Radio Free Asia:
A second book, titled simply Lotus, is a novel that provides deep insights into the lives of the migrant Chinese workers whose cheap labor has created China’s economic miracle.
Among those workers, thousands of women who feel crushed by assembly-line factory work in the big cities have turned to prostitution. A character named Lotus is one of them.
Author Lijia Zhang creates a sympathetic portrait of this young prostitute, at the same time shedding light on the plight of China’s migrant workers.
As journalist and writer Ian Johnson says in a review, Zhang's book opens a window into “a land of underground sex trade, corrupt police, desperate migrants, and flawed characters trying to make the right decisions.”...
Her sympathetic portrayal of the life of a prostitute named Lotus working at a massage parlor in the economically booming city of Shenzhen also turns out to be a love story and a testament to one woman’s strength.
Lotus’s story begins as a typical one for many migrant workers, the unsung heroes of China’s economic rise.
Her massage parlor in Shenzhen lies hundreds of miles to the southeast of her rural village in Sichuan Province, and she can rarely afford to make a trip home.
Her main aim in life is to send money home to assist her family and ultimately to help her brother Shadan realize his dream of entering a university. He would be the first in his poor village to achieve this goal.
Her family has been told that Lotus is working in a Sichuan restaurant in Shenzhen and not as prostitute.
Like so many migrant workers, she had arrived in Shenzhen to work in a factory outside the city. Her cousin, nicknamed “Little Red,” had talked her into taking the job. But after her cousin died in a fire at the factory, she decided to find work in the city.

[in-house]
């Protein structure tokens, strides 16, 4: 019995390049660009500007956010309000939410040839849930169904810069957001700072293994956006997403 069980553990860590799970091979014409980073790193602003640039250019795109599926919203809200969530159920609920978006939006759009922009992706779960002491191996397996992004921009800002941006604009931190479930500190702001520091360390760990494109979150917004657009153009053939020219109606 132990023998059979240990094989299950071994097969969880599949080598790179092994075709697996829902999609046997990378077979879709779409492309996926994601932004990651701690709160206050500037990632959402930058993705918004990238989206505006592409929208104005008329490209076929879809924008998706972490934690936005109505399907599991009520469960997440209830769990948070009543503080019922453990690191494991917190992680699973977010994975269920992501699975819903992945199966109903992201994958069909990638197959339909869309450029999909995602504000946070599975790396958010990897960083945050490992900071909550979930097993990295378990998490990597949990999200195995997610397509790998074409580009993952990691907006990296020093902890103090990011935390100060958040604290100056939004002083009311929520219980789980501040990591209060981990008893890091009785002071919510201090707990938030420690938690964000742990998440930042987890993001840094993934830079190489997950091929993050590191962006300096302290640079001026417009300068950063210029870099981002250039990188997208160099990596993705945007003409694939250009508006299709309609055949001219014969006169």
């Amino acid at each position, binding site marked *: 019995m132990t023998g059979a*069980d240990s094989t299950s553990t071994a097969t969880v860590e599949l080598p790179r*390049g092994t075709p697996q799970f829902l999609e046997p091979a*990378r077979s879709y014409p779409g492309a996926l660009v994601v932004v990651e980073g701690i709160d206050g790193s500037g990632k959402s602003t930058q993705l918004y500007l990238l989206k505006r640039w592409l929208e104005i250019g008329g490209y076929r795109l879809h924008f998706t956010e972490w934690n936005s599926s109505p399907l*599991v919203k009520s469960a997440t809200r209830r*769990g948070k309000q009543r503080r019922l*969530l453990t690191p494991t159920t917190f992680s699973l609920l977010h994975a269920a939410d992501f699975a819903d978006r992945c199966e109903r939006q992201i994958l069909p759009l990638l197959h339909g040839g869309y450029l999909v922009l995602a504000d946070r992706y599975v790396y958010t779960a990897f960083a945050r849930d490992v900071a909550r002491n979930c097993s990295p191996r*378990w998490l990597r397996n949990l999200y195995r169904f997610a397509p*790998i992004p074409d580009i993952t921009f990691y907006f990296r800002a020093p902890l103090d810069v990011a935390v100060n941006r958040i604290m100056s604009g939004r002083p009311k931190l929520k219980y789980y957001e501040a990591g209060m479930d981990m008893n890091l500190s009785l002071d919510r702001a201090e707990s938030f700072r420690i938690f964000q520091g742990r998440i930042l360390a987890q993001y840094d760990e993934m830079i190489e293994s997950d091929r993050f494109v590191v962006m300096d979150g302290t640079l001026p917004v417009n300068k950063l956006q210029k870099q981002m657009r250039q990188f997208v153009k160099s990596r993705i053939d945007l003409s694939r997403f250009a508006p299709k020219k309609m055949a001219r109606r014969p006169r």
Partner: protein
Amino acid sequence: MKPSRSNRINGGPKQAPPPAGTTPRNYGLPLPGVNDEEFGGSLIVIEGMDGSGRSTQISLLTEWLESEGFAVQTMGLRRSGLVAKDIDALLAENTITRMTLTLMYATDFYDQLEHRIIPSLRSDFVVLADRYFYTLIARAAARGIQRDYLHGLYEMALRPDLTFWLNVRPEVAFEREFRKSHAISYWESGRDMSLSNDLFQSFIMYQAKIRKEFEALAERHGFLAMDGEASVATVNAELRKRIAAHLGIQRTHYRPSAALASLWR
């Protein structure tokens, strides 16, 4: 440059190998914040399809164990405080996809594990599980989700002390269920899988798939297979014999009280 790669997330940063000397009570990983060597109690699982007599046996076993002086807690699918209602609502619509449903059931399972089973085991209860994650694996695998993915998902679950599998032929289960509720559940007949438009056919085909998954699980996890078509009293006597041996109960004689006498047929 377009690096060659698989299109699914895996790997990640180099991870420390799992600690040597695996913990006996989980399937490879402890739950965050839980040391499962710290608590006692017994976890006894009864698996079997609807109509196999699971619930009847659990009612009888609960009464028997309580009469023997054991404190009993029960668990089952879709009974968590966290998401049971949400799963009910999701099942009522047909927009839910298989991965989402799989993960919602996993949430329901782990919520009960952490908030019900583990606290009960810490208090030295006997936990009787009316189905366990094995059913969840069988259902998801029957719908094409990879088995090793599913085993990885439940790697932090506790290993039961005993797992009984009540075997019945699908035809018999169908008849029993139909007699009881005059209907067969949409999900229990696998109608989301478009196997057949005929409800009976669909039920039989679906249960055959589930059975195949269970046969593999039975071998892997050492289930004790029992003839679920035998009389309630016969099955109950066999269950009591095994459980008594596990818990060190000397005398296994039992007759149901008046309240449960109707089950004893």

When her lack of a high school diploma disqualified her from the best jobs, she turned to prostitution, first as a street walker and later in a massage parlor, often fronts for prostitution.
While officially illegal, prostitution has become an industry in China that would appear to be hard to eliminate, though police do launch periodic campaigns against it. One of the most dramatic scenes in the novel describes a raid on her massage parlor in which some of Lotus’s friends are beaten.
The camaraderie among the girls while under detention, their jokes about their plight, and the offer of one to share what little money she has to pay off the police becomes one of the most touching moments in the book.
It’s hard to imagine that a book on this sad subject could be uplifting, but this one is.More at Radio Free Asia.
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